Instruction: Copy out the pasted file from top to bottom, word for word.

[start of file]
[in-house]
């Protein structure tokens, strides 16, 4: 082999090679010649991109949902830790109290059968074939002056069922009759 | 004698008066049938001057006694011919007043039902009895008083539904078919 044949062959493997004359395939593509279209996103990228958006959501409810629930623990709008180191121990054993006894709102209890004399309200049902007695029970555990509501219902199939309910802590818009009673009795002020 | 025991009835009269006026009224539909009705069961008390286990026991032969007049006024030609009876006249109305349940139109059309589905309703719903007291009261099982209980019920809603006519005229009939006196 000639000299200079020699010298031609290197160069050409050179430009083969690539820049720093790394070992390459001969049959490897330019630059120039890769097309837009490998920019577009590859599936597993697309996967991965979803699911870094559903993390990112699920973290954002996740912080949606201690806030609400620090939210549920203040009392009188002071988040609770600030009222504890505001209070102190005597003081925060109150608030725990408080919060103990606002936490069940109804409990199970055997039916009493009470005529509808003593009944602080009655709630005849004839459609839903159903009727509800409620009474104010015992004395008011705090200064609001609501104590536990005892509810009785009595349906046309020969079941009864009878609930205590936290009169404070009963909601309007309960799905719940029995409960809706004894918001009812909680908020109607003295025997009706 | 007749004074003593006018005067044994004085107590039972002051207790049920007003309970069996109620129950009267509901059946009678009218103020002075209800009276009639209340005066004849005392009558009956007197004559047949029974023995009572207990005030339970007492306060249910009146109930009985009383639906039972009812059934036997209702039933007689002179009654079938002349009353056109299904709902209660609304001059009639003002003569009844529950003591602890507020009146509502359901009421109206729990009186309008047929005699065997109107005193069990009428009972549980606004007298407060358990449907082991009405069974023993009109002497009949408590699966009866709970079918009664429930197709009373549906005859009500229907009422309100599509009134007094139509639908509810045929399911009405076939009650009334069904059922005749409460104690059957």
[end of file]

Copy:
[in-house]
């Protein structure tokens, strides 16, 4: 082999090679010649991109949902830790109290059968074939002056069922009759 | 004698008066049938001057006694011919007043039902009895008083539904078919 044949062959493997004359395939593509279209996103990228958006959501409810629930623990709008180191121990054993006894709102209890004399309200049902007695029970555990509501219902199939309910802590818009009673009795002020 | 025991009835009269006026009224539909009705069961008390286990026991032969007049006024030609009876006249109305349940139109059309589905309703719903007291009261099982209980019920809603006519005229009939006196 000639000299200079020699010298031609290197160069050409050179430009083969690539820049720093790394070992390459001969049959490897330019630059120039890769097309837009490998920019577009590859599936597993697309996967991965979803699911870094559903993390990112699920973290954002996740912080949606201690806030609400620090939210549920203040009392009188002071988040609770600030009222504890505001209070102190005597003081925060109150608030725990408080919060103990606002936490069940109804409990199970055997039916009493009470005529509808003593009944602080009655709630005849004839459609839903159903009727509800409620009474104010015992004395008011705090200064609001609501104590536990005892509810009785009595349906046309020969079941009864009878609930205590936290009169404070009963909601309007309960799905719940029995409960809706004894918001009812909680908020109607003295025997009706 | 007749004074003593006018005067044994004085107590039972002051207790049920007003309970069996109620129950009267509901059946009678009218103020002075209800009276009639209340005066004849005392009558009956007197004559047949029974023995009572207990005030339970007492306060249910009146109930009985009383639906039972009812059934036997209702039933007689002179009654079938002349009353056109299904709902209660609304001059009639003002003569009844529950003591602890507020009146509502359901009421109206729990009186309008047929005699065997109107005193069990009428009972549980606004007298407060358990449907082991009405069974023993009109002497009949408590699966009866709970079918009664429930197709009373549906005859009500229907009422309100599509009134007094139509639908509810045929399911009405076939009650009334069904059922005749409460104690059957």